Hooks cautions new writers that it isn't easy to get invited to book fairs. "For new writers with 1-3 published books, it is probably more likely that you'll be invited into a classroom and can bring your books with you, then to be asked to attend an out-of-town book fair," he says. But that personal contact, as many authors find, is invaluable in selling books and learning about your audience.
Ready to Sign Up?
At the end of your shift at the book fair you should be leaving with a new perspective on what's selling and what's not. You'll probably have a few books stashed away for birthdays and holidays. You may have even overheard a teacher or parent say, "If only there were more books on..." that triggers an idea for your next project. Plus, you'll have helped your child's school. Not a bad investment of three hours.
Now about that sign-up sheet...
There are two types of book fairs: public and private. Public book fairs are usually free or charge a small fee. They are generally sponsored by a large organization and are funded by local businesses. They usually feature authors who read and/or speak and who are available for book signings.
For example, in Charlotte, Novello is a week-long festival of reading that was created nine years ago to encourage adults and children to read. The local and national authors who are invited to attend speak at local schools and participate in a well-attended book signing.
Within the realm of private book fairs there are two types: ones which are supplied by local, independent book dealers and fairs that are run by large national companies such as Scholastic Books, Chinaberry and Troll. The independent book dealers choose a large variety of books to be sold and can fill individual requests by librarians and teachers. Unfortunately, small dealers often can't compete with the discounts provided by the large companies.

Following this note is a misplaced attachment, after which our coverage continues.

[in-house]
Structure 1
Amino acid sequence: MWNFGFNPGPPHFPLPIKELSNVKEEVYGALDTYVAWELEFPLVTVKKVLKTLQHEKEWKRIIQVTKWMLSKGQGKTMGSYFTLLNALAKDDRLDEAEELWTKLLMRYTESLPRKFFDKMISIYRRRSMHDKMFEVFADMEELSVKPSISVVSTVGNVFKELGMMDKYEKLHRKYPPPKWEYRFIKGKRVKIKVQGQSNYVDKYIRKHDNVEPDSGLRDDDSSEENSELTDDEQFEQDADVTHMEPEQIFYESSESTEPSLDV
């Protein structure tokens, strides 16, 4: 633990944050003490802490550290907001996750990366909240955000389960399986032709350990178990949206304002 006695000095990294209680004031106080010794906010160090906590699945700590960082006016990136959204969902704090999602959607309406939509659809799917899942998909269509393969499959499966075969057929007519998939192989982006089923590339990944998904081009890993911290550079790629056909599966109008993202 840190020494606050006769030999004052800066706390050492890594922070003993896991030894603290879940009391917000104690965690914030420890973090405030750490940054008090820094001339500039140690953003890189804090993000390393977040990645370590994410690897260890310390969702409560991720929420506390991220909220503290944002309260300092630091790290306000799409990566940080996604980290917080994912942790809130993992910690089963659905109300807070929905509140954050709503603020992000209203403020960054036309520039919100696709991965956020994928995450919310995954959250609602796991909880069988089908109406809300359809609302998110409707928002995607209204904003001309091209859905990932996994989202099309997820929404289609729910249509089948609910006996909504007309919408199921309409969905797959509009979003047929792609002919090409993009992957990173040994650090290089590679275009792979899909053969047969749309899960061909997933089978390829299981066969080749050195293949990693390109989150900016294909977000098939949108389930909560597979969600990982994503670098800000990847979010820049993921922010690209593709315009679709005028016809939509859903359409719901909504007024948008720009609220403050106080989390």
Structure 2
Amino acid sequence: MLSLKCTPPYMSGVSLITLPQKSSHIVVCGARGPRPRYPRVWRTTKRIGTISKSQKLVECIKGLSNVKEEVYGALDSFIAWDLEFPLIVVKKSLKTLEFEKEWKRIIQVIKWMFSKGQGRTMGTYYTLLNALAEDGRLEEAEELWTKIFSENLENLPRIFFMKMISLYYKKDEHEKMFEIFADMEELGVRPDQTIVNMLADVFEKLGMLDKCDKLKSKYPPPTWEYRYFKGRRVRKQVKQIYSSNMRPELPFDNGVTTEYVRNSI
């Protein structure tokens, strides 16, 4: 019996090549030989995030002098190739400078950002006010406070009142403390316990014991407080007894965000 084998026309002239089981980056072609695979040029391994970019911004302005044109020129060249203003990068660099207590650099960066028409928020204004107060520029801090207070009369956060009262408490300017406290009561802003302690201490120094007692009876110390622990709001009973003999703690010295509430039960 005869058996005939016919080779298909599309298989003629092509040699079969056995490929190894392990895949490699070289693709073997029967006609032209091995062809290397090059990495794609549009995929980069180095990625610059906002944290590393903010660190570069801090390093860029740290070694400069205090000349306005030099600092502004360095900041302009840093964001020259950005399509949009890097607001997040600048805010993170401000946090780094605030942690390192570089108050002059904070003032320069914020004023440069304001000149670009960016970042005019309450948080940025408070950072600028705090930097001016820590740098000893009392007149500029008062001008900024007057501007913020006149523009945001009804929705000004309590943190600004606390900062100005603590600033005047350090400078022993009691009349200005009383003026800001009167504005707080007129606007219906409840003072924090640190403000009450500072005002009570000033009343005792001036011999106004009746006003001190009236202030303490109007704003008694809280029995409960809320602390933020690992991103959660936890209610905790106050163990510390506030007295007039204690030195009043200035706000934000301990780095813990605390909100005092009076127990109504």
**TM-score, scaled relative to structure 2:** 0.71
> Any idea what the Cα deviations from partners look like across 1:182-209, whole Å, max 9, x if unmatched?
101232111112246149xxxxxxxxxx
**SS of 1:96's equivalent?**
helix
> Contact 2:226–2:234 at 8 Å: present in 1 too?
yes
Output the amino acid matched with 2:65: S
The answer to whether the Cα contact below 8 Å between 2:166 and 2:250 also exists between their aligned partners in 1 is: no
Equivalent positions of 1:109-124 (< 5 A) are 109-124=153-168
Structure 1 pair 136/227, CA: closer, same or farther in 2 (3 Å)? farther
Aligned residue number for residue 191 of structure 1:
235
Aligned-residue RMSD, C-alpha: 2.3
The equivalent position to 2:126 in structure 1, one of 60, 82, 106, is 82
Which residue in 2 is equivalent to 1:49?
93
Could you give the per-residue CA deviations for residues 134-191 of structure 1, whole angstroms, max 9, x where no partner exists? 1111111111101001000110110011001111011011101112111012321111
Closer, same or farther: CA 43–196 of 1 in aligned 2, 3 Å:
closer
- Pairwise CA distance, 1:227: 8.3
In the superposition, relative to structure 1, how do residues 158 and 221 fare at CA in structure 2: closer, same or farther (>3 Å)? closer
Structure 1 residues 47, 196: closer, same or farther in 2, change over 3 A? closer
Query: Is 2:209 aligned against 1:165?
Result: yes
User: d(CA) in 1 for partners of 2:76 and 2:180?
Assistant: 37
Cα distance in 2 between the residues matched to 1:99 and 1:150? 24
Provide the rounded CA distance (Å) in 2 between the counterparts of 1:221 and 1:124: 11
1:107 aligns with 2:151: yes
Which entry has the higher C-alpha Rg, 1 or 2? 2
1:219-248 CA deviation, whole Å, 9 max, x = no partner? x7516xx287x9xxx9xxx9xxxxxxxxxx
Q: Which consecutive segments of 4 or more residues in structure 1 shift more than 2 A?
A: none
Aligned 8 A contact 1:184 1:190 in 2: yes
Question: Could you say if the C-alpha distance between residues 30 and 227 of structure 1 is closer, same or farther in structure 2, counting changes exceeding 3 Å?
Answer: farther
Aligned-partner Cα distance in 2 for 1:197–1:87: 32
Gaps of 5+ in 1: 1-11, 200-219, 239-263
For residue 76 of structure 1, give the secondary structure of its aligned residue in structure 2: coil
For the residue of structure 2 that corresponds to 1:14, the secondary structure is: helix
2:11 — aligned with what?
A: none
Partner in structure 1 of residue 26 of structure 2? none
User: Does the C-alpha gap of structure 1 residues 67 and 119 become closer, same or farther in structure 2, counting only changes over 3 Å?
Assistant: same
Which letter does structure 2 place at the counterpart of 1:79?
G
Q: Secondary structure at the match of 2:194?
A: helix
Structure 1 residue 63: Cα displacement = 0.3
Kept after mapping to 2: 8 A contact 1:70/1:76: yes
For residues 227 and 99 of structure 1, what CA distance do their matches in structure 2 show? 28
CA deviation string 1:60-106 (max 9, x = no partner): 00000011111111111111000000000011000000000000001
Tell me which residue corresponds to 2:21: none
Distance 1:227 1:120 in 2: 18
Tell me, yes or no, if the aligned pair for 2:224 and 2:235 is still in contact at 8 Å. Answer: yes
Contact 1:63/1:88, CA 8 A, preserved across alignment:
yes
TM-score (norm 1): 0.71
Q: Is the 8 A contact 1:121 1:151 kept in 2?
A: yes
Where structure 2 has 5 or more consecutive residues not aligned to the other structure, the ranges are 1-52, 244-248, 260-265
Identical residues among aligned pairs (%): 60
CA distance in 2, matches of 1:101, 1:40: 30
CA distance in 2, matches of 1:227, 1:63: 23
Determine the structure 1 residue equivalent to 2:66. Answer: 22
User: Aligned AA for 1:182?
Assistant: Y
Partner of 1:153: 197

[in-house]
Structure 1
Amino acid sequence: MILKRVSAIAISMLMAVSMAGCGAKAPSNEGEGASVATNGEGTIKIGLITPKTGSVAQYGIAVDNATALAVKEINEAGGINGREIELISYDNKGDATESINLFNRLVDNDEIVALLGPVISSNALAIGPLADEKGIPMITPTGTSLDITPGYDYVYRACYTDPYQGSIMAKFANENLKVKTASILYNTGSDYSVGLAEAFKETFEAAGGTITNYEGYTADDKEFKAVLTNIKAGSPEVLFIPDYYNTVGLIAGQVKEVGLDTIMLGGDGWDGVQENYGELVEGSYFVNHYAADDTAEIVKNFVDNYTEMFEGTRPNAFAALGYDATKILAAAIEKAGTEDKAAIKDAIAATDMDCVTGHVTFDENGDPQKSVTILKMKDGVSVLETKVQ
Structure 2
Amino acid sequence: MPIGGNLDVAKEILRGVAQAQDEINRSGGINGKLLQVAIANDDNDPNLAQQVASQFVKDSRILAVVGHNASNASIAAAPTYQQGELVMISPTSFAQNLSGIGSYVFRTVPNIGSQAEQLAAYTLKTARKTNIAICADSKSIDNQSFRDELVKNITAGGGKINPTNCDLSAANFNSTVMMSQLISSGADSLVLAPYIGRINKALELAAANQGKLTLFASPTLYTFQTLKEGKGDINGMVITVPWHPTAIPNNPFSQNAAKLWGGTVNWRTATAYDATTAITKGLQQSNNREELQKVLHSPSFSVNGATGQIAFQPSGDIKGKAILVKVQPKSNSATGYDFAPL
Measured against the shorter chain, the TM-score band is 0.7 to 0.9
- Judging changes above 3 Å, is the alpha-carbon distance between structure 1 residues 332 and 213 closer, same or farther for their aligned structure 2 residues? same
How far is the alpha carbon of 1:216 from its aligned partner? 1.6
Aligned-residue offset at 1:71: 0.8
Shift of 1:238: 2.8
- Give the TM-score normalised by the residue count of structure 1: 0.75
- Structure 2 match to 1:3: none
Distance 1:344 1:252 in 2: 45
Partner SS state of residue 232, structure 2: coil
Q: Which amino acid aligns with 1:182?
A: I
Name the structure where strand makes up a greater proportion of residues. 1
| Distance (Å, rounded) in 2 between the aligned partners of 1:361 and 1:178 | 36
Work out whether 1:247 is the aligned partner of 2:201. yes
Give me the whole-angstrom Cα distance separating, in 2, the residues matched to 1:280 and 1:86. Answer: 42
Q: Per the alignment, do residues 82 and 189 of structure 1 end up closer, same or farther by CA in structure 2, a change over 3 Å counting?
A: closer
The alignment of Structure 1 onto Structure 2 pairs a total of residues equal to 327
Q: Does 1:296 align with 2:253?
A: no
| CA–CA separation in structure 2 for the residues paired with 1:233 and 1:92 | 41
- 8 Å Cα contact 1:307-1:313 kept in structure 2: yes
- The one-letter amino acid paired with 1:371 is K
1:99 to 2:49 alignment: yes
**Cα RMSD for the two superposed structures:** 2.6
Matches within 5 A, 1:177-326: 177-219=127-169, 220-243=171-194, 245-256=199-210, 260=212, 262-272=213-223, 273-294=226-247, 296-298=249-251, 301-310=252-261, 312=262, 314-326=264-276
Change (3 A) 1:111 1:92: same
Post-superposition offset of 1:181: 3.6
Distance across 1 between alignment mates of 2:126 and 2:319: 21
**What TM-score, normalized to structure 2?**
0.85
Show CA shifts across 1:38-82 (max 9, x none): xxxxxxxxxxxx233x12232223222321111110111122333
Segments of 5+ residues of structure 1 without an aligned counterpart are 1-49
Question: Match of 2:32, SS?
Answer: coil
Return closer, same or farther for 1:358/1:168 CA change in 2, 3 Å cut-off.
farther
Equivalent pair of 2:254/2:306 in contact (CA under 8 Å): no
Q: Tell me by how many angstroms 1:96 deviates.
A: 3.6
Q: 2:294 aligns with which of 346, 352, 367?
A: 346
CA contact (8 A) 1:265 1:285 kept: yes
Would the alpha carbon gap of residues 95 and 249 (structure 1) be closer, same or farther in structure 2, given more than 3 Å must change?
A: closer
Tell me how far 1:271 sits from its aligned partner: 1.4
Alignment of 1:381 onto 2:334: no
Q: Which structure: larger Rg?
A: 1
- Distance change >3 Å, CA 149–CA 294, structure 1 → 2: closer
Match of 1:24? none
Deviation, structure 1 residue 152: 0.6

Book fairs run by Scholastic ship big displays of books to the schools without any emphasis on pre-ordering. But the selection process is done very carefully according to Suzanne Harrold, a member of the acquisitions committee for Scholastic. "I order from about 100 publishers. We are always looking for books that are new, innovative, and fresh." She is looking for historical fiction, coming-of-age books, and stories with engaging characters that are not overly controversial, particularly for the 7-9th grade audience.
In nonfiction, Harrold said the Magic School Bus series filled a need for elementary school teachers. "Many of these teachers are uncomfortable teaching science. These books are user-friendly." Nonfiction must be colorful with text that isn't too busy and engaging to children without being overwhelming.
For information on upcoming book fairs in your area, inquire at your local school or check out the American Booksellers Association web site: http://www.bookweb.org.
Copyright © 2002 Carol Baldwin
This article may not be reprinted without the author's written permission.